Trump’s Wisconsin lawsuit would invalidate the letters because of COVID-19


  • President Donald Trump’s campaign launched a new lawsuit in Wisconsin aimed at invalidating 221,000 votes.
  • Wisconsin has already confirmed its electoral votes and declared President-elect Joe Biden the winner.
  • The lawsuit would invalidate Jim Troupis, the campaign’s chief election attorney in the state, who wrote the lawsuit.
  • It also challenges people who are worried about leaving the home due to the coronavirus epidemic.
  • Visit the Business Insider website for more news.

President Donald Trump’s campaign launched another election lawsuit, this time trying to invalidate the votes in Wisconsin.

Wisconsin had already authenticated its votes on Monday. President-elect Joe Biden increased his victory rate in the state through a recount requested by Trump, winning more than 20,000 votes.

An action filed with the Wisconsin State Supreme Court on Tuesday asks the court to force the state to exclude ballot papers that it says do not comply with election laws. He does not allege that there were voters or election frauds in the state. It seeks to question the legitimacy of the voting system set up by the Republican-controlled government over eight years.

If successful, the lawsuit would exclude 221,000 votes, the Trump campaign said in a statement.

This includes Jim Troupis, the Wisconsin senior election lawyer for the Trump campaign, who filed the lawsuit.

“Wisconsin cannot allow more than three million legal ballots to be destroyed by even a single illegal vote,” Troupis said in a statement.

In November, Troupis told the Milwaukee Journal Sentinel that he voted on a “personally missing ballot” that should not be taken into account, according to the lawsuit. Troupis’s wife also voted this way, according to a document submitted to the Dane County Canvassers Board and obtained by the Journal Sentinel.

Trump’s lawsuit would exclude the votes of people worried about leaving home because of COVID-19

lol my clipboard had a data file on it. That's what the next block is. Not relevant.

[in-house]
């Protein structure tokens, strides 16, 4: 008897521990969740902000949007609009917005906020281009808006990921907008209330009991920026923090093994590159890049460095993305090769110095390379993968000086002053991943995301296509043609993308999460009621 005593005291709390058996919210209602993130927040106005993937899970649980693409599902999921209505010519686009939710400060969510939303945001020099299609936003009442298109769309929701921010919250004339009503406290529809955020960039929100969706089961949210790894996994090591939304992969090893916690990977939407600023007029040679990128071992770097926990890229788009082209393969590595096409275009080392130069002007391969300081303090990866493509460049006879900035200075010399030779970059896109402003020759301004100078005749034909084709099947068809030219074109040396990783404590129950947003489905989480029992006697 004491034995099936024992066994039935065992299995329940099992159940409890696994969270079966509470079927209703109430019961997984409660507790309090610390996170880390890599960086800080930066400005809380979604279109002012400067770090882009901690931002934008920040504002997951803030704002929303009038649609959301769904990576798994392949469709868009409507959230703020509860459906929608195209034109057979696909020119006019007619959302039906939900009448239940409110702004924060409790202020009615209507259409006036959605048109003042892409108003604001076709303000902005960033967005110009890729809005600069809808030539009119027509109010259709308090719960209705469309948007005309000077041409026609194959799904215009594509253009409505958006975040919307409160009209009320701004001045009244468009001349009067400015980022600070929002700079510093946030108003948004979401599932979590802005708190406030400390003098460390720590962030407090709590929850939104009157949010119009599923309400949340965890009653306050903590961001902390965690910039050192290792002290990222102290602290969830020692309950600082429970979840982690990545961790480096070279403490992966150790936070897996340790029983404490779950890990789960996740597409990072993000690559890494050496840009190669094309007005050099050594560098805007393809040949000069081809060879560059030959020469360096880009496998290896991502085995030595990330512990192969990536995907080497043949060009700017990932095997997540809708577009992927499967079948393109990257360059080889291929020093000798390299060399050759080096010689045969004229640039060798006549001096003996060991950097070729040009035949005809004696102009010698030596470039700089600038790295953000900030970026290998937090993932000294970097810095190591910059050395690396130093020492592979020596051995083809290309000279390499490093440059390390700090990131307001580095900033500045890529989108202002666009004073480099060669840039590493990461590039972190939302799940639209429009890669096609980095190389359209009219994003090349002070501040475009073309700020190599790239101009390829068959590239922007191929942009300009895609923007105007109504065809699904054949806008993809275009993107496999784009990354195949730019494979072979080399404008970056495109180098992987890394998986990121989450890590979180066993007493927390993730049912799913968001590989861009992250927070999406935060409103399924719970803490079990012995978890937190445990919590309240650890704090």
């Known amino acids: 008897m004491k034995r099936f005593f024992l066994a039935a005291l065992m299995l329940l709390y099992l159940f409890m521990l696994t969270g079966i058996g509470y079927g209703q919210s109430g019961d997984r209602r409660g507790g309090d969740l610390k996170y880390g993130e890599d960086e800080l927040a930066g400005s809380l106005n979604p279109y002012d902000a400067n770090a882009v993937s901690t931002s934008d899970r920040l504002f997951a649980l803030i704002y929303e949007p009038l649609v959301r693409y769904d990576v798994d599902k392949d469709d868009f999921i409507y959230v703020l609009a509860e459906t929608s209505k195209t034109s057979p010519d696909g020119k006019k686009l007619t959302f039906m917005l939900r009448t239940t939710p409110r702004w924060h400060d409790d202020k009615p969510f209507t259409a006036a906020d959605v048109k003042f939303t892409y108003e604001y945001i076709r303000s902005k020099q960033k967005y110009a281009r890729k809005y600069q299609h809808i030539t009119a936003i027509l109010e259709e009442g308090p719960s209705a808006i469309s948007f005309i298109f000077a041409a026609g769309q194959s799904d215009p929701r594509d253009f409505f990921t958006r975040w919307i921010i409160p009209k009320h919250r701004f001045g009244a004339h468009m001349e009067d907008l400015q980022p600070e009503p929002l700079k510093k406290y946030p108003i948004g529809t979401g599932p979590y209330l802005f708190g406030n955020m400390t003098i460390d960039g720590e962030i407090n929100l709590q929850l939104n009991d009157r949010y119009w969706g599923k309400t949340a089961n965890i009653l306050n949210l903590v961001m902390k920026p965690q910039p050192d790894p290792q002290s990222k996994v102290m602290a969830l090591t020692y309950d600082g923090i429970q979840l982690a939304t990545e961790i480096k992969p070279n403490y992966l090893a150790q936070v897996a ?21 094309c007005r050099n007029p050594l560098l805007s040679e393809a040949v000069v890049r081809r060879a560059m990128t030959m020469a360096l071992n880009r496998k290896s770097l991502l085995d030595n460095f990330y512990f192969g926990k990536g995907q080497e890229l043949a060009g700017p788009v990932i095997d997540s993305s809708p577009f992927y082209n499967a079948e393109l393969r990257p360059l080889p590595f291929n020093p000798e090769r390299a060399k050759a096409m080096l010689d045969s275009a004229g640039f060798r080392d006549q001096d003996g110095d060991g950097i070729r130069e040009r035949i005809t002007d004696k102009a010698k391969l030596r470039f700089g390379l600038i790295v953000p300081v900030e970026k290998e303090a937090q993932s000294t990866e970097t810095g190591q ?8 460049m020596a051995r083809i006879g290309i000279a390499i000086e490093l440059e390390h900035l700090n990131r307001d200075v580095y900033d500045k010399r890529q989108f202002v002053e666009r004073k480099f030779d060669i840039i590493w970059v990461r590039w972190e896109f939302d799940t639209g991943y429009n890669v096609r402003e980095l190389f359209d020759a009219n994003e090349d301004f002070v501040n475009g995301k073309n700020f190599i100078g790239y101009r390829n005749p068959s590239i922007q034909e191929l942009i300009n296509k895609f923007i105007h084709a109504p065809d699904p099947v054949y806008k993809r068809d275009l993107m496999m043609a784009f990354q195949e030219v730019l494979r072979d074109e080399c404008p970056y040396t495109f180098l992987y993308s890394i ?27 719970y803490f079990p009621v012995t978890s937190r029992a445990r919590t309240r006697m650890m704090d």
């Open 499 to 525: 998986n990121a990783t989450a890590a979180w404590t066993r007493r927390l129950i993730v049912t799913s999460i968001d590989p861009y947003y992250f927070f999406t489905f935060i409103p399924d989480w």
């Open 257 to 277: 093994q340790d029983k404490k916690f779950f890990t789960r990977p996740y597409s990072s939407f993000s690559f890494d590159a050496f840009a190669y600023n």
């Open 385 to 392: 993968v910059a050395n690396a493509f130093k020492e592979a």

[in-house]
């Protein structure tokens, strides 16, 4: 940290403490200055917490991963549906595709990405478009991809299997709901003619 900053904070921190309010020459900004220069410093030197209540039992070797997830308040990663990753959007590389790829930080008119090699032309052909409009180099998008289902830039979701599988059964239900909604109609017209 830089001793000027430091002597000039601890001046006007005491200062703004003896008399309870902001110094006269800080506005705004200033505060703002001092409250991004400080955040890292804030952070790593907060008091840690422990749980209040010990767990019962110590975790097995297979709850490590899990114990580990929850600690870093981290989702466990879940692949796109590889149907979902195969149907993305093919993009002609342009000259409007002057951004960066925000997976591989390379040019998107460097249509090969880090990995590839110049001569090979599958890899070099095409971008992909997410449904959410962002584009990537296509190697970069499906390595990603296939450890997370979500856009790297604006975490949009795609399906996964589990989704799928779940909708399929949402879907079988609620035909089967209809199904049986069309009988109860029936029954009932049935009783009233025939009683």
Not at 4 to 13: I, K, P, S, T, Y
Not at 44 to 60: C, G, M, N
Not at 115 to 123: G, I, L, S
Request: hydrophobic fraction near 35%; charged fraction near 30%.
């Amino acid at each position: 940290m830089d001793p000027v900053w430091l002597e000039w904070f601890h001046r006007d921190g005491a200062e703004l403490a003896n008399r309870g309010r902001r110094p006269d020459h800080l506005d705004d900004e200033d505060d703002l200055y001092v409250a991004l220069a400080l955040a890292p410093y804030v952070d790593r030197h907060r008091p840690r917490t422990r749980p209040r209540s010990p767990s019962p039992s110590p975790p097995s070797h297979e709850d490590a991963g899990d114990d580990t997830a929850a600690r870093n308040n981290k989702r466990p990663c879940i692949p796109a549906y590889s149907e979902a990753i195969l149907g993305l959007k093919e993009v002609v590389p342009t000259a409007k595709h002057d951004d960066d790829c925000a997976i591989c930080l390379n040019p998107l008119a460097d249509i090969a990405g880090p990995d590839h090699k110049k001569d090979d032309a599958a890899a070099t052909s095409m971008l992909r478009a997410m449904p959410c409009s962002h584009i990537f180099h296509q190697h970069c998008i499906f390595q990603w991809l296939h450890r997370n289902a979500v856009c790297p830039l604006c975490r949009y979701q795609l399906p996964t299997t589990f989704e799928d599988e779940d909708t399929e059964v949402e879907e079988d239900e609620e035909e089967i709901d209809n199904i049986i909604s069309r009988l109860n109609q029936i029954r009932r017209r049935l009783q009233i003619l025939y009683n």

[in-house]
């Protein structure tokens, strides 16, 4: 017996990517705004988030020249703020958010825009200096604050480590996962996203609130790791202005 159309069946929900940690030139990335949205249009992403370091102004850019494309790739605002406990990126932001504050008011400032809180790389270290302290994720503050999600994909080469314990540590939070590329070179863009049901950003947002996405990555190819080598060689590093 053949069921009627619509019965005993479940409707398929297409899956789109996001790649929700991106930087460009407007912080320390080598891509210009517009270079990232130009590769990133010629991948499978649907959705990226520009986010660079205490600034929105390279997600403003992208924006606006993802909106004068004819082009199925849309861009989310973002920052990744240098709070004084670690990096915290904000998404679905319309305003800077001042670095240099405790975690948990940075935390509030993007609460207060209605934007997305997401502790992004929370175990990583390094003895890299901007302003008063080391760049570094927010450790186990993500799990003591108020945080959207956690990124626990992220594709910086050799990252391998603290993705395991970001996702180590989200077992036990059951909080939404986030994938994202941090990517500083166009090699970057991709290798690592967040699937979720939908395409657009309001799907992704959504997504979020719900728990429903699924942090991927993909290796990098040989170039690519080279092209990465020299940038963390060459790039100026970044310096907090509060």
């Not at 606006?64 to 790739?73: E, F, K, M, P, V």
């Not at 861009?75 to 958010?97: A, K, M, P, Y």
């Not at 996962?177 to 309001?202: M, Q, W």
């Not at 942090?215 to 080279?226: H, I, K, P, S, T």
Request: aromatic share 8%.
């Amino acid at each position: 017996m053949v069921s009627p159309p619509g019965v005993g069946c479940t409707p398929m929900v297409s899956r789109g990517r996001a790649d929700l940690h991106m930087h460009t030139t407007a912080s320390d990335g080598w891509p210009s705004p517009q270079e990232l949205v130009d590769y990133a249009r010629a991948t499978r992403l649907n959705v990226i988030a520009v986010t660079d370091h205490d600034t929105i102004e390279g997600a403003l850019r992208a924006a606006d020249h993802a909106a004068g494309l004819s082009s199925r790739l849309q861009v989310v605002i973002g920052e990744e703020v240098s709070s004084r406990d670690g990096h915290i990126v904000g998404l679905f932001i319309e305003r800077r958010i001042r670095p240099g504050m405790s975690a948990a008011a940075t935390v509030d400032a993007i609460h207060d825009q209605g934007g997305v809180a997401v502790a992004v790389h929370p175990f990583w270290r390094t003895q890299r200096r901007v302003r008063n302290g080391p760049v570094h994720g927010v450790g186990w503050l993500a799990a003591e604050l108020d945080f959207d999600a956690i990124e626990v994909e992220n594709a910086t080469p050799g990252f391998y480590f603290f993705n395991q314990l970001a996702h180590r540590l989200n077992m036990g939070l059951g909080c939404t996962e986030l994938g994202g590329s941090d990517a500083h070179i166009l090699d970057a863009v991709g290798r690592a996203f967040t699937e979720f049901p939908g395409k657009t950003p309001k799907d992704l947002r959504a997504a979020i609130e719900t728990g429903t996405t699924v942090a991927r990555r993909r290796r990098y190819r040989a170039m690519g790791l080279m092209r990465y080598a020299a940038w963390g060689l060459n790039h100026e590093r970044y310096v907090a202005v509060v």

The lawsuit is also aimed at the “Indefinitely Missing Ballot” used by nearly 250,000 voters in the November elections.

The voting method has historically been used by people with disabilities, writes the Journal Sentinel. But this year, there was widespread acceptance by voters who were worried about leaving their homes because of the coronavirus epidemic that has killed more than 3,400 people in the state so far.

According to Trump’s campaign, the term “Indefinitely Closed” was used to circumvent state laws regarding photo ID.

wisconsin recount

Election officials will wait for procedural issues to be debated during the countdown of ballots from the November 3 election at the Wisconsin Center on November 20, 2020 in Milwaukee, Wisconsin.

Scott Olson / Getty Images


According to the Wisconsin Electoral Commission, voters themselves must decide whether they want to use the “Indefinitely Closed” voting option and provide comprehensive guidance to those who use this ballot but do not have a valid photo ID. Meagan Wolfe, Wisconsin’s chief election officer, told a local subsidiary of ABC News that instead of using a photo ID, voters can sign a certificate of absentees and witnesses can sign a ballot paper for those absent.

Senior citizens and those who use the ballot paper objected to the exclusion of their votes.

“We are past the older age group. We are very old. My husband has just turned 80 and I am 78. So there was no way we could vote in person,” Wisconsin resident Tee Gee Levy told the Journal Sentinel. “It’s not justified at all. I’m surprised there are lawyers who are still following. I wish more people would speak.”

In addition to excluding some “Indefinitely Closed” ballot papers and all “Personally Missing” ballot papers, the lawsuit would eliminate all ballot papers where witnesses did not write down their titles and votes cast for “Democracy in the Park” election officials. events in September and October.

The Wisconsin Supreme Court has not yet decided to hear the case, a court spokesman told Reuters.

Trump and his allies have filed more than two dozen lawsuits against the election results. None of them succeeded.